Using our Home to Serve G-d
Taste of Talmud
Yechezkel the Prophet writes about the Mizbaiach (Altar) which was before Hashem. He then refers to it as being the Shulchan (table). The Talmud asks: why does he refer to the Mizbaiach as an Altar and later as a table? In Tractate Chagiga, on 27a, the Talmud answers that the Prophet Yechezkel is teaching us an important lesson. By referring to the Altar as a table, he is teaching us that we have an alternate means of achieving atonement even when we do not have the Altar. He is teaching us that our own table is able to achieve atonement for us, just as the Altar did in the Temple. Now that we no longer have the altar in the Temple, for this purpose, each and every Jew is able to receive atonement through serving Hashem at his own table in his home. The question is: what could a person do at his/her table in the exile that would be equivalent to bringing sacrifices before Hashem in the HolyTemple? Rashi answers that the Talmud is referring to the great Mitzvah of feeding the poor. Tosafos says that this is referring to the great Mitzvah of Hachnosas Orchim (hosting guests). The Maharsha, in his commentary on Bava Basra 60b, has another explanation. He explains that in the merit of remembering the tremendous void that exists in our life due to the loss of the Temple, each person receives a great merit, comparable to having brought an offering to Hashem upon the Altar. How does one make note of this void on a daily basis? By minimizing our epicurean delights in some small way, each of us could show that he/she is awaiting the return of the Temple to its former glory. By not over-indulging at our tables and curtailing our enjoyment in even a small way, we are sacrificing for Hashem in a microcosmic way, as we once did on the Altar. In this way, our table becomes like the Altar.
Taste of Halacha
The Talmud at the end of the third Chapter of Bava Basra, on 60b, says that when a Jew builds a new home he should leave one cubit by one cubit in his home unpainted in order to remind himself of the destruction of theTemple. The following question was posed to Rabbi Moshe Feinstein Zt”l: Is it permitted to just paint an area this size with another color in a way that it would stand out? Rabbi Feinstein answered that the main point here is that the person should make note of the fact that he is in exile in some way. This does not necessarily require him to make an unsightly mark in his home. He therefore concludes that painting one spot a different color is sufficient. Although this is contrary to the opinion of the Magen Avraham and other noted Halachic Decisors, Rav Moshe cites support for his ruling from the words of the great Halachic work – The Elya Rabba. As further proof to his opinion, Rav Moshe points out an interesting Gemarah. The Gemarah says that in order to differentiate between Shabbos and the other days of the week, Talmudic Scholars had a custom to wear black clothes during the week. It is obvious that these scholars would not wear unclean clothes, as this would be contrary to the Talmudic dictum that a scholar’s clothes should always be clean. Therefore, it is clear that by just slightly changing the color of their weekday clothes, they were able to give honor and distinction to Shabbos. Here too, it would be sufficient to remind oneself of the destruction of the Temple by just changing the color without leaving an unsightly spot.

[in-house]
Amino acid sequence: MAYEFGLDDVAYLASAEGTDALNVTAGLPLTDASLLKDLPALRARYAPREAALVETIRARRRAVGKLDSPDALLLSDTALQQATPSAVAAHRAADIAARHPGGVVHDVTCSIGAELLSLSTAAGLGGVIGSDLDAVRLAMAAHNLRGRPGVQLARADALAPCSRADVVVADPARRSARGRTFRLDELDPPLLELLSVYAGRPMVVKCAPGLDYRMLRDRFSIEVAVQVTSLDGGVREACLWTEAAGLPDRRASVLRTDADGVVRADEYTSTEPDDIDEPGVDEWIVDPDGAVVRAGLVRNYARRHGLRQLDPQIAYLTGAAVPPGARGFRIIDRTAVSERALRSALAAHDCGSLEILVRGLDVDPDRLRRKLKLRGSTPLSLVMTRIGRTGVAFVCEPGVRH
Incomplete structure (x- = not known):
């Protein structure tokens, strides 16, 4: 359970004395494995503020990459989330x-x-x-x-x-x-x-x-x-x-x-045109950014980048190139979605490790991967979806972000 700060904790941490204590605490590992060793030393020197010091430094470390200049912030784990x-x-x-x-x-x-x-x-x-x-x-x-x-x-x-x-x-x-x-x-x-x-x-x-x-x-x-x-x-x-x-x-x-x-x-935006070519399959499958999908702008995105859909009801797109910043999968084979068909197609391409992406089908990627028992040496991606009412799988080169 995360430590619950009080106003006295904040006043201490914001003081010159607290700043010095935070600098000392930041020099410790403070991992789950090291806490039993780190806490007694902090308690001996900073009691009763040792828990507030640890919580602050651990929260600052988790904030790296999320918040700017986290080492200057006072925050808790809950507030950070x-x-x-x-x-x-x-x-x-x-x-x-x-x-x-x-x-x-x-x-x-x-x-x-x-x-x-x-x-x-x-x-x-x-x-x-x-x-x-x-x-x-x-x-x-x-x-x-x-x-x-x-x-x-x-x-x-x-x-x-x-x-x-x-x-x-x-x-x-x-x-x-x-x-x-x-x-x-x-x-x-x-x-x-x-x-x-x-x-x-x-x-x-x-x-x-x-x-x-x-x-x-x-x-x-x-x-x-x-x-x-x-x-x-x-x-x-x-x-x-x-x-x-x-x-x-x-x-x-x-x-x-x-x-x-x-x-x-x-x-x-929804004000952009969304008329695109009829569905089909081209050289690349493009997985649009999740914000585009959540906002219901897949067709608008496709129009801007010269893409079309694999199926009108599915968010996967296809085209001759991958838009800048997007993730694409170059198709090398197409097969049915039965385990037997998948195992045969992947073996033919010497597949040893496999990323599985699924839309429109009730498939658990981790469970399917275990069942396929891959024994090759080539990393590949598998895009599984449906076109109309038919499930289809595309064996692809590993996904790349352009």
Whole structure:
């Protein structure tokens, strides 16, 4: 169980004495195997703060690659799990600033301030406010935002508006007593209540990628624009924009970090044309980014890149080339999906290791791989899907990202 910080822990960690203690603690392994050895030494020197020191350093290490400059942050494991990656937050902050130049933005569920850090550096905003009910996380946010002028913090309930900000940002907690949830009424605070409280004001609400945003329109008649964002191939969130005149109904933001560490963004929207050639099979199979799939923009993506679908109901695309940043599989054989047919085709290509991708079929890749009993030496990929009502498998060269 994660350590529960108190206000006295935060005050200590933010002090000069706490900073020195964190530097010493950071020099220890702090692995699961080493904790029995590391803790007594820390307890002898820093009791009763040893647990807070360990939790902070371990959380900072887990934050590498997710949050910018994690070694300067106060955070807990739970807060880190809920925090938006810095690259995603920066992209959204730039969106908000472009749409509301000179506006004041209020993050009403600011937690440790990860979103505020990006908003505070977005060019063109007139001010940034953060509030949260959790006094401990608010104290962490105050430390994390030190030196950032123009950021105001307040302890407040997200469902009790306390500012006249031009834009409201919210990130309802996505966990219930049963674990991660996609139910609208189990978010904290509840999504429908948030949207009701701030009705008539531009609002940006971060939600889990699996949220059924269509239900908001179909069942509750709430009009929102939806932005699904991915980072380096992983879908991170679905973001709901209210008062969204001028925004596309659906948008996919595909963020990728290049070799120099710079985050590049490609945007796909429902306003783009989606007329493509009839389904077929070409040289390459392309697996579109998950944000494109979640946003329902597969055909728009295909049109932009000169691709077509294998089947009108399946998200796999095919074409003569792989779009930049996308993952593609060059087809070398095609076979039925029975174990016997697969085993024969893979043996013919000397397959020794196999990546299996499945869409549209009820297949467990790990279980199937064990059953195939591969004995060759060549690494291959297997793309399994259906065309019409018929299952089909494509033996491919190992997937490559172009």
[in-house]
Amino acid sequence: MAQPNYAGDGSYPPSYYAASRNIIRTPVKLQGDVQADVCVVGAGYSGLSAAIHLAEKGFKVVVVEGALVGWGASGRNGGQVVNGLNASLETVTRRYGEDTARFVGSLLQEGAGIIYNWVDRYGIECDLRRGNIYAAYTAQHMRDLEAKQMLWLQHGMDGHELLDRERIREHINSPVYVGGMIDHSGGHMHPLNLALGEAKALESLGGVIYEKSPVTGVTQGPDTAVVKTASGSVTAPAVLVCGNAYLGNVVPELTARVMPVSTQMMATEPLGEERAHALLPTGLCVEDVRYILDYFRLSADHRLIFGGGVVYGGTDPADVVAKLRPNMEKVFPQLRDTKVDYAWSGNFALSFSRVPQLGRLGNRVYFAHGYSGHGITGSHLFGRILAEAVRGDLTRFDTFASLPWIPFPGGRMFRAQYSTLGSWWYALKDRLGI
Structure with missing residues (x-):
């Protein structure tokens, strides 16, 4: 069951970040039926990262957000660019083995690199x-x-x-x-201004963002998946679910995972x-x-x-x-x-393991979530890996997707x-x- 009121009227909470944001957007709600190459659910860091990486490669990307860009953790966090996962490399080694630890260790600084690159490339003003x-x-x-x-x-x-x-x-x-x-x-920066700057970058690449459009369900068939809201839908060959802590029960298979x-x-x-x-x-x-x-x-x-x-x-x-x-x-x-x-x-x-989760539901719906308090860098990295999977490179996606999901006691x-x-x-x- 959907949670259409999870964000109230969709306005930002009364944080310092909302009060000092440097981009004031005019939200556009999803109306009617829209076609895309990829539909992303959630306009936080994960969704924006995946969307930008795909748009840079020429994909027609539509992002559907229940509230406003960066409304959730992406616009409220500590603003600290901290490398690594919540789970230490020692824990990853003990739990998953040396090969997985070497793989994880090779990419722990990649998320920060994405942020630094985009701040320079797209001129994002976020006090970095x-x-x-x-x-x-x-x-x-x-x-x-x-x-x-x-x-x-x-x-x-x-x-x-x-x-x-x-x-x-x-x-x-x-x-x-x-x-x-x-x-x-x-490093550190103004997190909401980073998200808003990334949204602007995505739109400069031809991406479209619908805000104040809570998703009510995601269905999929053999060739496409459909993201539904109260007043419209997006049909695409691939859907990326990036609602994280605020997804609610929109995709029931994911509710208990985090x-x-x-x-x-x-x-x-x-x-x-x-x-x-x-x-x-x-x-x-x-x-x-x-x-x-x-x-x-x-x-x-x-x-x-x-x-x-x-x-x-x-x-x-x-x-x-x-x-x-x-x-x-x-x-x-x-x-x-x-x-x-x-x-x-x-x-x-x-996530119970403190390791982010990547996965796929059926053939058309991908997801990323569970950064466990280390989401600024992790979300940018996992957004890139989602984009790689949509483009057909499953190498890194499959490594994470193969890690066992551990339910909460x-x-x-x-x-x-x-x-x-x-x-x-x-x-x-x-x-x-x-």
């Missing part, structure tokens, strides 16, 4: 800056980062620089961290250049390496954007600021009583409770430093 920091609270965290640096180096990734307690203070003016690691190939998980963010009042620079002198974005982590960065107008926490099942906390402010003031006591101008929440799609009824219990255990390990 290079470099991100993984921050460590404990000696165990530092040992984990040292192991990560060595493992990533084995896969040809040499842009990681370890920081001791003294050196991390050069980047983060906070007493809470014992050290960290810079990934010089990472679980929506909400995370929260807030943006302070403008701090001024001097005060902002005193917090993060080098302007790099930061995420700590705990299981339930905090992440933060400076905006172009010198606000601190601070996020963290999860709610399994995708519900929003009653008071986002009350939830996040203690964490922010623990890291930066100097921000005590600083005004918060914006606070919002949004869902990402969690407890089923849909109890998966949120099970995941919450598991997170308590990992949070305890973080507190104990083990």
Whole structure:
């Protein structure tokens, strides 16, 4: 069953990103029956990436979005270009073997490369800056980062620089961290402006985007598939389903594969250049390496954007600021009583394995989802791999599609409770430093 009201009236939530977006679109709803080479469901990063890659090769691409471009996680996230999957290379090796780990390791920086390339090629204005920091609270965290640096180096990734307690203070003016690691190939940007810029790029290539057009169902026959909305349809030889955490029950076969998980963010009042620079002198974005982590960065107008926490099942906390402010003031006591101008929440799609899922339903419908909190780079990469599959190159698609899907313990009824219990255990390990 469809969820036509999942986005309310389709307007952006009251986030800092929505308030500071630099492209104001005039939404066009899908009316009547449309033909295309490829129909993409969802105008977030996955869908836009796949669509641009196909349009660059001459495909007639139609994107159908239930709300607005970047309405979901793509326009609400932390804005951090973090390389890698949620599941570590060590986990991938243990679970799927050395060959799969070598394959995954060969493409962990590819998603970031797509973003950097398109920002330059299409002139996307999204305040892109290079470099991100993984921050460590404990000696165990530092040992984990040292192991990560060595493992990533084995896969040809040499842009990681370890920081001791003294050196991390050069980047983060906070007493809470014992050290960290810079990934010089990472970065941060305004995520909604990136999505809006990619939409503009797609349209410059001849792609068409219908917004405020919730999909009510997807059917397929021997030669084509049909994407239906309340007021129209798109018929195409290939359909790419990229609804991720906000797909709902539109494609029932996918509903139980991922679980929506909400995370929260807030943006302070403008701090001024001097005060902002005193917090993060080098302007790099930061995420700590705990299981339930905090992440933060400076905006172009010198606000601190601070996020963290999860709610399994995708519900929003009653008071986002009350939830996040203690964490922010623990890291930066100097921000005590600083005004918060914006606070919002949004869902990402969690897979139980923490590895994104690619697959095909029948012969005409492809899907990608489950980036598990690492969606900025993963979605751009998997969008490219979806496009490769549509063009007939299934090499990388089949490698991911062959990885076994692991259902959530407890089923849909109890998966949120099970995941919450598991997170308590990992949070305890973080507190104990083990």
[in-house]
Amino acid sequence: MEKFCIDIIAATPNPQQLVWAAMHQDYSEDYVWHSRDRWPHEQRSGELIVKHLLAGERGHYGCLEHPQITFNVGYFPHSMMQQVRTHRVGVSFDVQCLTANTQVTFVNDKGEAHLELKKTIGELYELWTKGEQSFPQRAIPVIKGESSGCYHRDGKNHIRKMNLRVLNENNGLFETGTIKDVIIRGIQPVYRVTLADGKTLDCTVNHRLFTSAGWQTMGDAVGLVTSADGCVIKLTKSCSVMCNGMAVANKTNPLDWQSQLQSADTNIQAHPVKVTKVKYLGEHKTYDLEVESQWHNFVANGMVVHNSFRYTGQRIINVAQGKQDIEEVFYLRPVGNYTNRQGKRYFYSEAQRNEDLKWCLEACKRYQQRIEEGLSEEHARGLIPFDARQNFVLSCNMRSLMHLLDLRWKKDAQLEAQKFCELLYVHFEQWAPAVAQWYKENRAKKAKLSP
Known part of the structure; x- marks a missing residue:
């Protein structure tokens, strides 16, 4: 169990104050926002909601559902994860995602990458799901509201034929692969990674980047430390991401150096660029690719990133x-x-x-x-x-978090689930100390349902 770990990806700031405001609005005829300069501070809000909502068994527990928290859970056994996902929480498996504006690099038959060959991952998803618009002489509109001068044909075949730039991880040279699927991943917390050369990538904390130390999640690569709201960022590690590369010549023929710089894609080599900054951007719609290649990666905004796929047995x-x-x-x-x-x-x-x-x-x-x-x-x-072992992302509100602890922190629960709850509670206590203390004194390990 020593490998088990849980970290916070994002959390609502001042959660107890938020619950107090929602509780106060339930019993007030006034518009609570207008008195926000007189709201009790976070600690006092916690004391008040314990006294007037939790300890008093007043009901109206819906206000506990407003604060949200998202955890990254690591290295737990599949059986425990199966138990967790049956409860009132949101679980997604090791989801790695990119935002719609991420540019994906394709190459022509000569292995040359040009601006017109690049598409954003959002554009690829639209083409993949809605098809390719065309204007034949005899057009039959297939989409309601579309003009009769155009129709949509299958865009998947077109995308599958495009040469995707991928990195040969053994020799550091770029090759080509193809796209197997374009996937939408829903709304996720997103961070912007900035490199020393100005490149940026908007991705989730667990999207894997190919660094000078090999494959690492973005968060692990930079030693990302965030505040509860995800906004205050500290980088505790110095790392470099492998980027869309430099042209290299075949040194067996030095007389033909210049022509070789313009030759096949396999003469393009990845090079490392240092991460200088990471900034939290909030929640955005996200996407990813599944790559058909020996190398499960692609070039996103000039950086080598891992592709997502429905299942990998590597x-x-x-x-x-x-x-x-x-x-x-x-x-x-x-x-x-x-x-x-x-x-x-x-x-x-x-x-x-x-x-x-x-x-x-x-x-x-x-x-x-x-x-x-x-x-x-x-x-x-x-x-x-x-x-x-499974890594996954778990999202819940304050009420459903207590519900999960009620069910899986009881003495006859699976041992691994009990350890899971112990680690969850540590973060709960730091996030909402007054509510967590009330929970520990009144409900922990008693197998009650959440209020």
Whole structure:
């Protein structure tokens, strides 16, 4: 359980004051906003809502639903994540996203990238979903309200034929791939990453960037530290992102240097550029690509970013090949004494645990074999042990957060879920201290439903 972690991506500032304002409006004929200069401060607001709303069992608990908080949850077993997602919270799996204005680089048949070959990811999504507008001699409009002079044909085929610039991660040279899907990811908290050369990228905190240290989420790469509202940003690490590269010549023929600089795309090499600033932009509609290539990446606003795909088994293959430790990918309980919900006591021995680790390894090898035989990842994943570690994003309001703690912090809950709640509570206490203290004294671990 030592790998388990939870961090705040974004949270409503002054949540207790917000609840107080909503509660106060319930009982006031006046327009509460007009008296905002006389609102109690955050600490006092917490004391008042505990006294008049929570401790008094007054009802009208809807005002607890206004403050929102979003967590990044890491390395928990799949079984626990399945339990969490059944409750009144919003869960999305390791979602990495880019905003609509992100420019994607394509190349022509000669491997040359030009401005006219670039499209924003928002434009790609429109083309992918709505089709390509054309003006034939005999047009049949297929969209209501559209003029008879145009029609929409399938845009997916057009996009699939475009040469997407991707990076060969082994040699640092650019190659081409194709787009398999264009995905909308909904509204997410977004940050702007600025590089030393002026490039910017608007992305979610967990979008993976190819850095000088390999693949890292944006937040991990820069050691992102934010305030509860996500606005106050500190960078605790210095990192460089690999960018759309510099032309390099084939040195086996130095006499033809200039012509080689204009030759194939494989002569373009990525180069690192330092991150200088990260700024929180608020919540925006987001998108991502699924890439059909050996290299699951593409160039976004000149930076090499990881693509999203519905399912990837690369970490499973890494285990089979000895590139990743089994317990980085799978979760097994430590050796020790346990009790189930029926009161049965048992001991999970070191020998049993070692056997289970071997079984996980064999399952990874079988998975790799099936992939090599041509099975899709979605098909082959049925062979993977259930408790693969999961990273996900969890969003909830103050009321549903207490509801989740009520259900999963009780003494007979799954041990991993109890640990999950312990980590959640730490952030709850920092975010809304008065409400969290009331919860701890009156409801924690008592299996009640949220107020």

Taste of Parasha
Did you ever wonder why the Torah specifically commands us to gladden the hearts of the convert, the orphan, and the widow on Succos and Shavuos but does not mention them regarding Pesach? Rav Moshe answers that this is because taking care of those who are less fortunate is so much part and parcel of the entire Holiday of Pesach. Everyone should come to the realization that all that we have is only a gift from Hashem given to us to serve Him. This is the feeling the Jews had when they gave so willingly for the Terumah of the Mishkan in this week’s Parasha. This is the feeling that every Jew keeps alive within himself every time he gives to others from what Hashem has so graciously bestowed upon him – not only during the holidays but the entire year. This, then, could be another explanation as to why the Prophet Yechezkel equated the Altar with our table. When a person gives freely from his “table”, he demonstrates that he recognizes that Hashem is the source of everything we have.